The effects of modeling, reinforcement, and tempo on imitative rhythmic responses of moderately retarded adolescents
Journal/Book: Journal of Music Therapy. 1987; 24: 160-169.
Abstract: Examined competencies necessary for adequate functioning as an entry-level music therapy practitioner. In Phase 1, 150 competency statements were rated on an 8-point necessity scale by 641 registered music therapists (RMTs). In Phase 2, 100 items were rated by 100 RMTs and certified music therapists. Selected findings show a preference for an eclectic approach to treatment, the psychiatric hospital as the most used setting, and the developmentally disabled as the largest client group. ABSTRACT 2: This study examined the effects of three modeling conditions, a high rate of positive reinforcement, and slow and fast tempos of recorded music on the motor movements of 8 moderately retarded adolescents. The three modeling treatments included: (a) simultaneous modeling, (b) modeling prior to imitation, and (c) no modeling or contact control. The dependent variables were steady beat motions while dancing and steady beat pulses performed on a rhythm band instrument, as well as verbal/visual identification of slow and fast tempos. Data were collected and tabulated from videotaped recordings by two independent judges. No significant findings resulted from the modeling conditions as imitated in dance movements; however, percussion performance showed marked improvement when simultaneous modeling was compared to a condition without modeling.A mean rate of 74% instructor approvals motivated individual interest in dancing and group support of peers. No significant differences were found between verbal and visual identification of tempos, but subjects seemed slightly better in labeling slow tempos.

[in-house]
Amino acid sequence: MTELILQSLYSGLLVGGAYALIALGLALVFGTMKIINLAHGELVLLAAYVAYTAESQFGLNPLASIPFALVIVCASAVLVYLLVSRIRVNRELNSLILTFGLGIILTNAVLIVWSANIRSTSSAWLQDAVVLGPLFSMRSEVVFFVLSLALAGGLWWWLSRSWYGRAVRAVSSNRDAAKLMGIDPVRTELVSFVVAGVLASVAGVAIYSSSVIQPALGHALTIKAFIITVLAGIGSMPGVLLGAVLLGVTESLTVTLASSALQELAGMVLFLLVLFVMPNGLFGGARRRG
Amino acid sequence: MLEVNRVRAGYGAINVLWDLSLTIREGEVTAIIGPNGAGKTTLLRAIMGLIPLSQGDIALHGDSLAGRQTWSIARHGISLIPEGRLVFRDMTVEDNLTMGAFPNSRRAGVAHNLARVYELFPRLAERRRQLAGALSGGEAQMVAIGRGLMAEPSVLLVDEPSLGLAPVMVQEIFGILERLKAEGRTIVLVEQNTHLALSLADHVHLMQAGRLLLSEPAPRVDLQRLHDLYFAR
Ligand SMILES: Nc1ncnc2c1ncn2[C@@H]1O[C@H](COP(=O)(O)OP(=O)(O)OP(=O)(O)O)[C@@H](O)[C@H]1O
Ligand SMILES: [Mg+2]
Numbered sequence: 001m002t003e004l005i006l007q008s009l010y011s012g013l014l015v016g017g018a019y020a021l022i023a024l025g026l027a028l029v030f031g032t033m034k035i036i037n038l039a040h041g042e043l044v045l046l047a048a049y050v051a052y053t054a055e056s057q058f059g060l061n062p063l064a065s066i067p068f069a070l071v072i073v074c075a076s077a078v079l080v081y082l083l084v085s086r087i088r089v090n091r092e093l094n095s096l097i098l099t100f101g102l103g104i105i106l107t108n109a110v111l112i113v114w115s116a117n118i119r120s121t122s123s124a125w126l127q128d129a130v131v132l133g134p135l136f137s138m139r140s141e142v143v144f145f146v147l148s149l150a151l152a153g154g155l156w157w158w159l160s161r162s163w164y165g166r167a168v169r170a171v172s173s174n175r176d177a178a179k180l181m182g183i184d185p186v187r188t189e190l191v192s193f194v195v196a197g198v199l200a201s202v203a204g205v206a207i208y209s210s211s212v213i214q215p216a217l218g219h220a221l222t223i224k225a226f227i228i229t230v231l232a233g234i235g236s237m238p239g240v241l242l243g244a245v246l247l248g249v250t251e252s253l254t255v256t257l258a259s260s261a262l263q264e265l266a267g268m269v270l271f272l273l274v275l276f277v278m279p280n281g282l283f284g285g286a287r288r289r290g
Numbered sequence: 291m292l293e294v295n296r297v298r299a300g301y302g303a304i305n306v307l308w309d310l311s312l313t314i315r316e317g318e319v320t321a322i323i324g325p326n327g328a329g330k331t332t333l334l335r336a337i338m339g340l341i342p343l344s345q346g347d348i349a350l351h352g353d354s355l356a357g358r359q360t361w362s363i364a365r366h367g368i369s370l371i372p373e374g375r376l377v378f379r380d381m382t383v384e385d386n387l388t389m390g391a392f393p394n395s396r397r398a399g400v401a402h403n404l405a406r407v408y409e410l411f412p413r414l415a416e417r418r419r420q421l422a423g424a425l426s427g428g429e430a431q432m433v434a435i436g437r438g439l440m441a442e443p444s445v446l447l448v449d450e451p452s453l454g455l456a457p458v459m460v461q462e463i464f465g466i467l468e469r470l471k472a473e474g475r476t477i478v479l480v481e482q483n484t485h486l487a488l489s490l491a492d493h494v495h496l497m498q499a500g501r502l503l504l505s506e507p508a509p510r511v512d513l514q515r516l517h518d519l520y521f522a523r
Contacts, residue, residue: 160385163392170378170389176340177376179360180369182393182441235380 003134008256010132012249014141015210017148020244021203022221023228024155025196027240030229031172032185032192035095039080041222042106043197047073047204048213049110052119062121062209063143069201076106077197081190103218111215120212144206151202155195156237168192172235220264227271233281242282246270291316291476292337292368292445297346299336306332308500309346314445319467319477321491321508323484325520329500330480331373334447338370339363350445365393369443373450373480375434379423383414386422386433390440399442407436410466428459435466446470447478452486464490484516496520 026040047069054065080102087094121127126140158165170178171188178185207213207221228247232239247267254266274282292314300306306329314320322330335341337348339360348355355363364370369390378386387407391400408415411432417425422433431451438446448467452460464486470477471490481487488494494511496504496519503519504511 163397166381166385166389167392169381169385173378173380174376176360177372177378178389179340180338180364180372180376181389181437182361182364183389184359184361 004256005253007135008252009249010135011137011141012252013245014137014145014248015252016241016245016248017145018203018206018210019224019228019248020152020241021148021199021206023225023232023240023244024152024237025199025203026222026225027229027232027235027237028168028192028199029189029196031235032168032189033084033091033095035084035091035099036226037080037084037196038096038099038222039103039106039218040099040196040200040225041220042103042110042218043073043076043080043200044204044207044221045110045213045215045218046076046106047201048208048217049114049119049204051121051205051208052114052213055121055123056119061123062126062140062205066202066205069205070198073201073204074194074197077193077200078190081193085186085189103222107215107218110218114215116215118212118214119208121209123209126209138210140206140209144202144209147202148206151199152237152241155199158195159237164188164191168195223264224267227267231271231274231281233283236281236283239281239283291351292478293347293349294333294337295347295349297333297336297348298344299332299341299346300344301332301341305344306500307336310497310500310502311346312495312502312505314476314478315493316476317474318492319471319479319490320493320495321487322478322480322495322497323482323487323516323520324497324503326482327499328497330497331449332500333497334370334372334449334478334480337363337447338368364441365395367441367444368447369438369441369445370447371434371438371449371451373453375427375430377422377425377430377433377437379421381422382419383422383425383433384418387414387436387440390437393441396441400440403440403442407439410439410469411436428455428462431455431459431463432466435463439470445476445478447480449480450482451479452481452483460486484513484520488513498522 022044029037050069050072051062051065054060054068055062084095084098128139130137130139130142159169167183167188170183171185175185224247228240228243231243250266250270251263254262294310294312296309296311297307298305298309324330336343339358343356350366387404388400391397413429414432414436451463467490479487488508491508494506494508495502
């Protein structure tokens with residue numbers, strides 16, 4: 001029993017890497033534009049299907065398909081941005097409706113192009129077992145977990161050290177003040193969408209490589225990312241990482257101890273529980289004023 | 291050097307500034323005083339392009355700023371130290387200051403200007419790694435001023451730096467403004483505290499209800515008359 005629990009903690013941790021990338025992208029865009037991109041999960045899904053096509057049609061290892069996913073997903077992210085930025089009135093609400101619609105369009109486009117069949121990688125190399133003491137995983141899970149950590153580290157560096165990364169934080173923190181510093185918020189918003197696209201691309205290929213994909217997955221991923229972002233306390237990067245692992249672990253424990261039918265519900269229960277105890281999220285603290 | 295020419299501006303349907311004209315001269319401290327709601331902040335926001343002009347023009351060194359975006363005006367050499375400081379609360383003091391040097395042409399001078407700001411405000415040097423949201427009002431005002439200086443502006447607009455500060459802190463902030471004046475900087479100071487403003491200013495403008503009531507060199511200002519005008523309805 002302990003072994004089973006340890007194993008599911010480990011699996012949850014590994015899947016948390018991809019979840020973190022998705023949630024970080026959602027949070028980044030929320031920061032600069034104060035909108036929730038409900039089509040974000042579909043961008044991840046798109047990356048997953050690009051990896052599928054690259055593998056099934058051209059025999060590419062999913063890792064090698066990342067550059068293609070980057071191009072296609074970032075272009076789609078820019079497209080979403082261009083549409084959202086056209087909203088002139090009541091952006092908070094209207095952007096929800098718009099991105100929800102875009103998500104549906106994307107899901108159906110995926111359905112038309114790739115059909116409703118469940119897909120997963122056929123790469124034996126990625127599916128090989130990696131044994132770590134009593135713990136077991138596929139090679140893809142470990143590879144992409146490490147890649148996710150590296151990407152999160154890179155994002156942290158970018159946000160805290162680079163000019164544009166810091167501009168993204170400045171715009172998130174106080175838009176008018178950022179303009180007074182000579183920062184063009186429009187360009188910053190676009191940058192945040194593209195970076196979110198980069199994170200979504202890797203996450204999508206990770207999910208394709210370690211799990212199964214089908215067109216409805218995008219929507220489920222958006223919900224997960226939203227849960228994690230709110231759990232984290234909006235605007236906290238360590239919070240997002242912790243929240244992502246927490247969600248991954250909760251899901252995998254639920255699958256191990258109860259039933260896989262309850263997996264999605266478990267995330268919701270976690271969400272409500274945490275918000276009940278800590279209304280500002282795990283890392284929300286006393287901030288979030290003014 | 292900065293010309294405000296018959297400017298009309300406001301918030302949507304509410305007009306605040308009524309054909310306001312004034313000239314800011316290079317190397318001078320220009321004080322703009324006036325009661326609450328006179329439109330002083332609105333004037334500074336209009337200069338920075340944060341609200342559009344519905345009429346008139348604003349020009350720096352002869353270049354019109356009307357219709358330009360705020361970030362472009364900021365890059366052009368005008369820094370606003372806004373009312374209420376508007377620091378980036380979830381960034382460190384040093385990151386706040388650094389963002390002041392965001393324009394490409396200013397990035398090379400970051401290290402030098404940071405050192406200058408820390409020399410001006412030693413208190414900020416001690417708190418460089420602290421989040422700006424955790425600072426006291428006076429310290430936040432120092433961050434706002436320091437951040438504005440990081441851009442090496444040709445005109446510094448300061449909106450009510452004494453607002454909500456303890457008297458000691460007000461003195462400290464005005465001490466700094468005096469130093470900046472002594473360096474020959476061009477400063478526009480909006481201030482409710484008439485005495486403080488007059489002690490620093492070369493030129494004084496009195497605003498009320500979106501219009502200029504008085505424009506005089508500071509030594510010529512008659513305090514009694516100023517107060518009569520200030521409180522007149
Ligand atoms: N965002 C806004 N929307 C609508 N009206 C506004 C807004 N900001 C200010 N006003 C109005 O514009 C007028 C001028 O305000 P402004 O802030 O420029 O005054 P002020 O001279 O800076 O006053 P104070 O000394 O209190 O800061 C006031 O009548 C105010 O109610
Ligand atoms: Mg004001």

Note: perceptions of necessary competencies for entry level music therapists; registered music therapists
Keyword(s): Professional standards; music therapy; therapist characteristics; therapist attitudes; adulthood